This is a very subjective piece about what worked for me when I first tried my hand at getting into Python as a networking chap. It comes with the disclaimer that your experience may be wildly different.
Firstly, and most importantly, commit to learning Python, keep focused on that, block out the noise.
The event that prompted me to initially write this blog was a discussion I hear about whether networkers need to, or at least should, learn to code. This was 2017. I found the conversation frustrating because I could imagine if I hadn't started, or I was struggling with my study, then I might find some excuse here to ease up or stop, happy in the knowledge that other networkers were not learning so why should I sweat it?
My advice is stop listening to the pontificating and get on with learning. There are undeniable benefits from learning to code and Python is the de facto language for networkers. Do not waste time with the 'should I, shouldn't I?'.
I've heard first hand from people that hated programming in college and got into networking to avoid it. That's fine, it isn't for everyone. However if you're interested in getting involved in all this Python chat then commit and get going.
"Stay on target"
Secondly, once you've committed to Python do not get distracted by the 'learn go', 'learn ruby', 'learn xyz' that you'll hear on twitter. Starting on a second language before you've reached a confident level with the first will just lead to more frustration. Keep focused on Python until the grind of learning all the new concepts of the language becomes less arduous and you start to enjoy it, connecting the dots between the different concepts you are learning.
Don't pick up another language because you want a change or are bored with the grind. If you are in that mindset you are not ready yet to change direction and will probably just hit the wall with another language once the initial fillip of learning some new and shiny has worn off.
Python3 or Python2
"Python3, next question!"
Longer answer, Python3 is the future, most tutorials I've seen in the last couple of years use Python3.
The most important thing is to not waste time debating this or getting confused over one or the other. Do not let this put you off. There's a good break down of py2.7 versus Python3 here.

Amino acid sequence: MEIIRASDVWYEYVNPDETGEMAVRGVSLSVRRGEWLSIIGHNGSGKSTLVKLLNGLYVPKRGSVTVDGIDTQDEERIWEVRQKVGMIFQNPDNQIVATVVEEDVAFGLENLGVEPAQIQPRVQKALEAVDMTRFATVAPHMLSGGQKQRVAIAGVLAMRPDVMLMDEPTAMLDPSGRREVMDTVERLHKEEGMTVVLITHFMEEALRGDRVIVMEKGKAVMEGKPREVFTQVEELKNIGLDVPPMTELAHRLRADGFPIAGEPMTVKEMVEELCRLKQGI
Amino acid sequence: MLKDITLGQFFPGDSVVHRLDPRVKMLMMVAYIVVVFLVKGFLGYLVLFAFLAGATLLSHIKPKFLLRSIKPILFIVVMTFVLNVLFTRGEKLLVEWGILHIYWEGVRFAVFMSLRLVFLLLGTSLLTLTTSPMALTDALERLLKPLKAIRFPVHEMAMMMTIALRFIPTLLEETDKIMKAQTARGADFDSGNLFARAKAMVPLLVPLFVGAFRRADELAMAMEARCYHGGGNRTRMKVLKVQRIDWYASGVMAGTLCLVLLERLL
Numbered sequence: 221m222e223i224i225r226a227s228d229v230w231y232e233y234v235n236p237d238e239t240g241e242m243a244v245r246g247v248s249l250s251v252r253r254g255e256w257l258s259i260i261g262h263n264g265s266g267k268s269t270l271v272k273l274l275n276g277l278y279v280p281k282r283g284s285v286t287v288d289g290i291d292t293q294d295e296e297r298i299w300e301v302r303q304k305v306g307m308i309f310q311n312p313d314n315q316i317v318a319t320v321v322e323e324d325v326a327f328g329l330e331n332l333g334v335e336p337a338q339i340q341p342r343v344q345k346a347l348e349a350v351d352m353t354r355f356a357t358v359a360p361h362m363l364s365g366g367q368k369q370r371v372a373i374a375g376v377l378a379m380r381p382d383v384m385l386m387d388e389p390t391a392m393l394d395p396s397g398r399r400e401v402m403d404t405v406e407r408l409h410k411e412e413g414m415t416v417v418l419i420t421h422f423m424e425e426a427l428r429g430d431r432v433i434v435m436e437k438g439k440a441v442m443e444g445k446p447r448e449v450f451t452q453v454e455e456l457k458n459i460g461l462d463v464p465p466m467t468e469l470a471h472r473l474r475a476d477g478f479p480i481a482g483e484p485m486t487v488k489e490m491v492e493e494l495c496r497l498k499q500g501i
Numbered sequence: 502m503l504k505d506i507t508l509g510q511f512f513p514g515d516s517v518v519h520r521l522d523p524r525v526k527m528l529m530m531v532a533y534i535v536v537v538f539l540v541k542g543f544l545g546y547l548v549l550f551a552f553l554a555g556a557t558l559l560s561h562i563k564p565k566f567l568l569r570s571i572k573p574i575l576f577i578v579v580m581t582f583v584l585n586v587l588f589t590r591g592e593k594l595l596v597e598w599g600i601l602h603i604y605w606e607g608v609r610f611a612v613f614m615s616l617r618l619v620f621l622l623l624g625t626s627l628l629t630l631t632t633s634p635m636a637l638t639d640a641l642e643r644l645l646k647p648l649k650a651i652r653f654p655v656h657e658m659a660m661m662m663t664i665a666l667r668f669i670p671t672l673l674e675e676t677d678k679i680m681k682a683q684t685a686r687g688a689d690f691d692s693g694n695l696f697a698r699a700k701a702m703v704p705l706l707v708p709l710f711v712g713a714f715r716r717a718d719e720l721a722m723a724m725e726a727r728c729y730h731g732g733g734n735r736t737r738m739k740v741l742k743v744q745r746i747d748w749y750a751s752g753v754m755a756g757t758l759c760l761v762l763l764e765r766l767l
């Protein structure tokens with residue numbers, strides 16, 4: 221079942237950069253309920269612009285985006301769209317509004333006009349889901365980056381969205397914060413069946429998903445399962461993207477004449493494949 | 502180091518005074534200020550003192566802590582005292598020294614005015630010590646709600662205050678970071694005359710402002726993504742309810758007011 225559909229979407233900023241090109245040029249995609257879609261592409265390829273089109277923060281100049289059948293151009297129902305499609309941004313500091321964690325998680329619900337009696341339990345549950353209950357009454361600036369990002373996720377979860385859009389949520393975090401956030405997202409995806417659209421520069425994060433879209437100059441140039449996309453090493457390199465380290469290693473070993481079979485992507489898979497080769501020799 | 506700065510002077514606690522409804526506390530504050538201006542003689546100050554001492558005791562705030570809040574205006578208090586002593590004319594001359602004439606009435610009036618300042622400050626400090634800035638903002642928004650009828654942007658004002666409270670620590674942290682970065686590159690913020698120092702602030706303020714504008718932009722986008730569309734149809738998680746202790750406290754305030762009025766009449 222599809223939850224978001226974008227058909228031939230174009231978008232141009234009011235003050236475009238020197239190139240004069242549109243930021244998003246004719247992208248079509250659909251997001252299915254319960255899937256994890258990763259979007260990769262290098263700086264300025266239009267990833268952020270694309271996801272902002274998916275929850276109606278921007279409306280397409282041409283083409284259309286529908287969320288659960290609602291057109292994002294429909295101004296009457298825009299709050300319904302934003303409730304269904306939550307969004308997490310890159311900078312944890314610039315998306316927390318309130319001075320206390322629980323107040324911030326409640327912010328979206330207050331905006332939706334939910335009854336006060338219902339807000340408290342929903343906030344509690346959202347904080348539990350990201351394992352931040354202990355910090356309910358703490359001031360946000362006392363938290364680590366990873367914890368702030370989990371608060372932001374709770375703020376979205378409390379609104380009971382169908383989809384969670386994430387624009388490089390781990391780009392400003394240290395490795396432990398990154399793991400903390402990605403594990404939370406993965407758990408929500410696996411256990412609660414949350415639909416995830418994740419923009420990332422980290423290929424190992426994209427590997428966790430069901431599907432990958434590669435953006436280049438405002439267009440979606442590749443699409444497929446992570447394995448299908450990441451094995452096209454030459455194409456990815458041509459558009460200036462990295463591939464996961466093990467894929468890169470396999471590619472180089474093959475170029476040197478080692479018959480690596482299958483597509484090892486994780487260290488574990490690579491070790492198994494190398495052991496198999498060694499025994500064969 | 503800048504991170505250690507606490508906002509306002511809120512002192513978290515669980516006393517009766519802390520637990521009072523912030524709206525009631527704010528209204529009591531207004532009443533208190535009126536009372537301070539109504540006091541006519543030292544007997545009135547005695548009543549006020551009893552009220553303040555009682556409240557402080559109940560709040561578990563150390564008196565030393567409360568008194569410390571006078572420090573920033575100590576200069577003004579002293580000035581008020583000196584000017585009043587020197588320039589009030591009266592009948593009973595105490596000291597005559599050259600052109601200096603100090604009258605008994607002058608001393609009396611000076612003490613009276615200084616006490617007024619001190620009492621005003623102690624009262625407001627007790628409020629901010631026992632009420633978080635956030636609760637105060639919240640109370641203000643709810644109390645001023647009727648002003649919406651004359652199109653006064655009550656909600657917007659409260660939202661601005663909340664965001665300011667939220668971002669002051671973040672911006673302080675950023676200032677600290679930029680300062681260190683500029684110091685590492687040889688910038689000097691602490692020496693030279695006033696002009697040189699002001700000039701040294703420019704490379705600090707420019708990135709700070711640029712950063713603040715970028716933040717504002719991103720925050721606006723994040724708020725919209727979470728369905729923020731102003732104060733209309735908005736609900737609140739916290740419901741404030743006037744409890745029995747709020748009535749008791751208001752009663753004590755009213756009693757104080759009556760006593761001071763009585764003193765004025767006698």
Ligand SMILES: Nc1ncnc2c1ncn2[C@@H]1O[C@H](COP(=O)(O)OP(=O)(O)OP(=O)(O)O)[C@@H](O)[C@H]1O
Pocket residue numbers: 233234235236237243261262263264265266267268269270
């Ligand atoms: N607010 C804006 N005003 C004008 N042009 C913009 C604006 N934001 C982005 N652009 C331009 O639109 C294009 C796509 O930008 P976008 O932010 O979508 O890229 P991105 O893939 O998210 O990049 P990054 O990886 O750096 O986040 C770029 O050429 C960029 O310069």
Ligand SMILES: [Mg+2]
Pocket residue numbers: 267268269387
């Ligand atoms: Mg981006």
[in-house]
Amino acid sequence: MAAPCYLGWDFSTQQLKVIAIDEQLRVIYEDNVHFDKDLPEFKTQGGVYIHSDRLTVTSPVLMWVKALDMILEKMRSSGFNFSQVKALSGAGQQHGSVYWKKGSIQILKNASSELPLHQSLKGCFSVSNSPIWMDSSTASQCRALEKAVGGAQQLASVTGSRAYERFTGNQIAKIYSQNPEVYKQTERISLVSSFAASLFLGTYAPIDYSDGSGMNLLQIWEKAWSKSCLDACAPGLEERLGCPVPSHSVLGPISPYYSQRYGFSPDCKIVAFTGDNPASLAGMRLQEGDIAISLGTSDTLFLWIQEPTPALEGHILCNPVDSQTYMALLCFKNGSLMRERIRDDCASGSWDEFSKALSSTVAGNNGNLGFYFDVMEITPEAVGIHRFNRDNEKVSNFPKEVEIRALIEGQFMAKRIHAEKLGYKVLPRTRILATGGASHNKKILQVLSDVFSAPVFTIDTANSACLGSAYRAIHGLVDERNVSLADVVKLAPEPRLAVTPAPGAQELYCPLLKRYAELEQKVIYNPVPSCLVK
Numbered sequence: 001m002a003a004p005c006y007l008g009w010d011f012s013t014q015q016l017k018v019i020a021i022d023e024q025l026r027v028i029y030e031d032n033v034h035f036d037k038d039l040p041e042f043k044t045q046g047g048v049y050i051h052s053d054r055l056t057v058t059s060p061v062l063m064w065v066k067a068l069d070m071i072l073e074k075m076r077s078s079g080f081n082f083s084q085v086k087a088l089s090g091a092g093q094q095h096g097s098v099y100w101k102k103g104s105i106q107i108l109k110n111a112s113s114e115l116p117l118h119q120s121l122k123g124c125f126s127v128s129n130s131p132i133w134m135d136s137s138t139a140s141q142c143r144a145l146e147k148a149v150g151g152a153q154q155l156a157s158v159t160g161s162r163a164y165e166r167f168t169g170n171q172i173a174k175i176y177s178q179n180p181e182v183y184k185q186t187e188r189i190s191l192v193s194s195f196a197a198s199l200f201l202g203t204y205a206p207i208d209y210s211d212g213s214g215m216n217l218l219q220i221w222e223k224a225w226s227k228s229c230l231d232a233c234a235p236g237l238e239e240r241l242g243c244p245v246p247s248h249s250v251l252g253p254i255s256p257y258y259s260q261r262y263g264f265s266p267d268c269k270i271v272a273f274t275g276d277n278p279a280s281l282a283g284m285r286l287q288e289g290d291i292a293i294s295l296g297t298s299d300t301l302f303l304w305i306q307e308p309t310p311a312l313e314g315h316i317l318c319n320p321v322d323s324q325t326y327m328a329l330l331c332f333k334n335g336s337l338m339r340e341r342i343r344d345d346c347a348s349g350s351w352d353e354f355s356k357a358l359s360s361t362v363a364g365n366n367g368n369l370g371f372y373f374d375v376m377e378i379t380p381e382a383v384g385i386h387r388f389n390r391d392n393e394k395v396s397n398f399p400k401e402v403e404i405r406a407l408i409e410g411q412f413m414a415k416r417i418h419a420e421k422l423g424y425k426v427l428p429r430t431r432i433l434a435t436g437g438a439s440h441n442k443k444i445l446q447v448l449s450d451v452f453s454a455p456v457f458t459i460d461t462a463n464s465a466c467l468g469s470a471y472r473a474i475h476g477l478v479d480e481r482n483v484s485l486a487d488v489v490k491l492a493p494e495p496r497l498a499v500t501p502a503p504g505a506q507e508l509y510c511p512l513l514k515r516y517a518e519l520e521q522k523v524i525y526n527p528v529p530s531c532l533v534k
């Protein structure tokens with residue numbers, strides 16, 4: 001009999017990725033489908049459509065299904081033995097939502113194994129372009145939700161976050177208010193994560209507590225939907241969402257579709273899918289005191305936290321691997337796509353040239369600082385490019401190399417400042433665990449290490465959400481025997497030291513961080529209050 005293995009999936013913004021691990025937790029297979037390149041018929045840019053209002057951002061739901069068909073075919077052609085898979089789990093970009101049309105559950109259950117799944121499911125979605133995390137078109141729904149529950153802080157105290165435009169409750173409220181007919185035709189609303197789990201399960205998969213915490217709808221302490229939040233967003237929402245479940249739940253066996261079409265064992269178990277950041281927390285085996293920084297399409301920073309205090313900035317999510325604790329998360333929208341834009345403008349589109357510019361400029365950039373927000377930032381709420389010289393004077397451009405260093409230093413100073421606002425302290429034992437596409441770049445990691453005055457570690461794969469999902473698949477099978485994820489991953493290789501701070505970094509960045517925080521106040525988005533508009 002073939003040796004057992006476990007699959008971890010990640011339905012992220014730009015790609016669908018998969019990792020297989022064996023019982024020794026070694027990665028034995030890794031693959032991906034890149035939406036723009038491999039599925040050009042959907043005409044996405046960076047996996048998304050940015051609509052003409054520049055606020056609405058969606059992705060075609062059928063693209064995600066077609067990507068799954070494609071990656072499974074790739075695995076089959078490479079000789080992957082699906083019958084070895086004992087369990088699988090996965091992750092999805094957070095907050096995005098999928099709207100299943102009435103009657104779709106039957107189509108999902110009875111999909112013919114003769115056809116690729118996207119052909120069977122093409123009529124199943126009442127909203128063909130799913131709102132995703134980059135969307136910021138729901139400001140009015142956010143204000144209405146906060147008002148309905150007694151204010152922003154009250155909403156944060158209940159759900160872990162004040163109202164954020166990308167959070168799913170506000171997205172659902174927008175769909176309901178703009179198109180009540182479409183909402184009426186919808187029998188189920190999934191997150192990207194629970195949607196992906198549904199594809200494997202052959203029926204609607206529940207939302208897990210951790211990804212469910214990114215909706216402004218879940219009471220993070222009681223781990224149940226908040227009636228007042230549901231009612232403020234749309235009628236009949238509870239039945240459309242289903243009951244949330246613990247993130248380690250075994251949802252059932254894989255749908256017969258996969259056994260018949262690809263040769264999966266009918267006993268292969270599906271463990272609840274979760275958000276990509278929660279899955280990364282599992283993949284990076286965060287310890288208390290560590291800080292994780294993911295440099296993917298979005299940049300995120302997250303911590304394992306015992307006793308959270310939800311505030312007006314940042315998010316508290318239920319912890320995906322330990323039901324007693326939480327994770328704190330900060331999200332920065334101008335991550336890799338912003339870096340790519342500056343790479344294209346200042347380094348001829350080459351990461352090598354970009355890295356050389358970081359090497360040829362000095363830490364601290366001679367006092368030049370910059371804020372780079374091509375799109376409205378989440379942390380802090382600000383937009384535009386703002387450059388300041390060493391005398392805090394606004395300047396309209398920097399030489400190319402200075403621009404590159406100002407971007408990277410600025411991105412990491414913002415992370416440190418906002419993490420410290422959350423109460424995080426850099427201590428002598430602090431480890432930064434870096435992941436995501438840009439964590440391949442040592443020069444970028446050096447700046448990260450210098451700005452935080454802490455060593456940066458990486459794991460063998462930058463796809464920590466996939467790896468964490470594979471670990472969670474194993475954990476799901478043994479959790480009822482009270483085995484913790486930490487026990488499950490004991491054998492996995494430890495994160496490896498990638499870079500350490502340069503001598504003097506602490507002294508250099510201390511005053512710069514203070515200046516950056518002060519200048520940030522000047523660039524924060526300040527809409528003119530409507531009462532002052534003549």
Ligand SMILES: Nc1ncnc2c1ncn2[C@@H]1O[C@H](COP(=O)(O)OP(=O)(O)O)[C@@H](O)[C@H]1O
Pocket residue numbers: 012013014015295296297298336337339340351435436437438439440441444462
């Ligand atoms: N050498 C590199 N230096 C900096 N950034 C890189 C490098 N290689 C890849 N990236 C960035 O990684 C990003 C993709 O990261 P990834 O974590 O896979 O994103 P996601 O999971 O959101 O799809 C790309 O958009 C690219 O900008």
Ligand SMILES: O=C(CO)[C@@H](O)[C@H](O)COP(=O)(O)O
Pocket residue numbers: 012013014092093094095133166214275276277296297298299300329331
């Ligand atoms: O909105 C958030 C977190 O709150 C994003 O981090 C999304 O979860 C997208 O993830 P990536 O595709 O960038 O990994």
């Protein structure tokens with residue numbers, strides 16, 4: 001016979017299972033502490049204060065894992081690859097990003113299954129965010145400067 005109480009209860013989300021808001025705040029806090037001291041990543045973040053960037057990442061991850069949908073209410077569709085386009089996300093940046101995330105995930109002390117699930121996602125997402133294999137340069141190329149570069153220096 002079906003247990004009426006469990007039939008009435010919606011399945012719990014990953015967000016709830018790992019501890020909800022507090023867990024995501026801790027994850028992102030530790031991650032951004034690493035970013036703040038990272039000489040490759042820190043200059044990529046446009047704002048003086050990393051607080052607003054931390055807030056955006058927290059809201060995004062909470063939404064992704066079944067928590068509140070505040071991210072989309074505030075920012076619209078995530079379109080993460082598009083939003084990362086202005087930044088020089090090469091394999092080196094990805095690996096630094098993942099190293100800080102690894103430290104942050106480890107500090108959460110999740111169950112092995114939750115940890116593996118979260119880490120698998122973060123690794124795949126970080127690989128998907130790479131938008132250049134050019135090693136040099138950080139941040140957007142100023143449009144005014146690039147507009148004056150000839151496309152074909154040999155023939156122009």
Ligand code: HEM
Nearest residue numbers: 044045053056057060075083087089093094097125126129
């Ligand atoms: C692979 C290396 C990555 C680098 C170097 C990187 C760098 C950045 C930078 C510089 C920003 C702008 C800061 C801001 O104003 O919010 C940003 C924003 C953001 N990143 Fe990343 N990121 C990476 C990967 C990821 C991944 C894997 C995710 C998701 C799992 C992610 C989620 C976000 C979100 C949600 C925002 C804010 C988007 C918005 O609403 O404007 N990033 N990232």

If you are going to be working in an environment that already uses a lot of Python in their work practices, you may find that code is written in Python2 and so would need to be aware of it. However, for the majority of networkers learning afresh there isn't this concern and so can just jump in at Python3.
Learn Python from Python tutors
You may be thinking to yourself, 'I only need Python for networking tasks' and so seek out Python tutorials from network vendors or bloggers. Scotch those thoughts. Learn from the experts with years worth of coding experience. Do not look for shortcuts to get to the stuff that interests you as a networker. You need to grasp the basics of the language first and look to experienced tutors of the language proper to help you.
Once you start finding your way then by all means look to consolidate what you know with relevant examples from the world of networking (netmiko as mentioned in the previous post is a great way to start). While difficult and time-consuming, building a strong foundation in the Python language itself is vital before you look to apply these skills elsewhere. I'm going to build a recommended Python reading list as a separate post so I can easily go back and edit it as my recommendations evolve.
Build a Dev Machine
This section could also be called 'Build a Linux Dev Machine' You are going to need an environment in which to play. Python runs in on Mac, Wins and Linux. If you like to spend money that could be on a Mac. Using windows is probably feasible but I've little experience.
Python and Linux work elegantly together and when you are building a dev box you'll find that there are a whole raft of tools that you'll want running on the machine such as an editor and IDE, or processes that you come to rely on, such a git for version control. For me, Linux is the best option.
Now some would call me a charlatan, I run a Linux VM on a Windows PC and do all my Python in the VM. The reason is that all the 'worky-type-stuff' (official title) runs on Wins so I have my email and powerpoint covered without having to figure out integrating them into Linux. Plus the commonly used versions of Linux use Python as part of the operation of the OS itself. As a beginner you're probably going to screw something up. Working in a VM provides the ability to consign a broken machine to the darkness of the pit and rejoice in a fresh new victim. Delete from disk and respawn with minimum effort. Please note I understand the real answer here is to use virtual environments for playing Python, but that's not exactly for absolute beginners.
Side point: Invest time in git
But if you are just nuking VMs what about all those saved scripts and notes? Ok so I understand this sounds like yet another thing to learn but if you combo your Python study with a sprinkling of git you can adopt a light-weight workflow for backing up your work off-machine. Trust me, git is horrible to start with but in time it feels like gamifying the code writing process. There's something satisfying about that push confirm message. Plus it's versioning control that actually engaging, which is amazing in itself. But I'm getting ahead of myself, I'll do a git blog soon, for now, back to Python.
Pick an IDE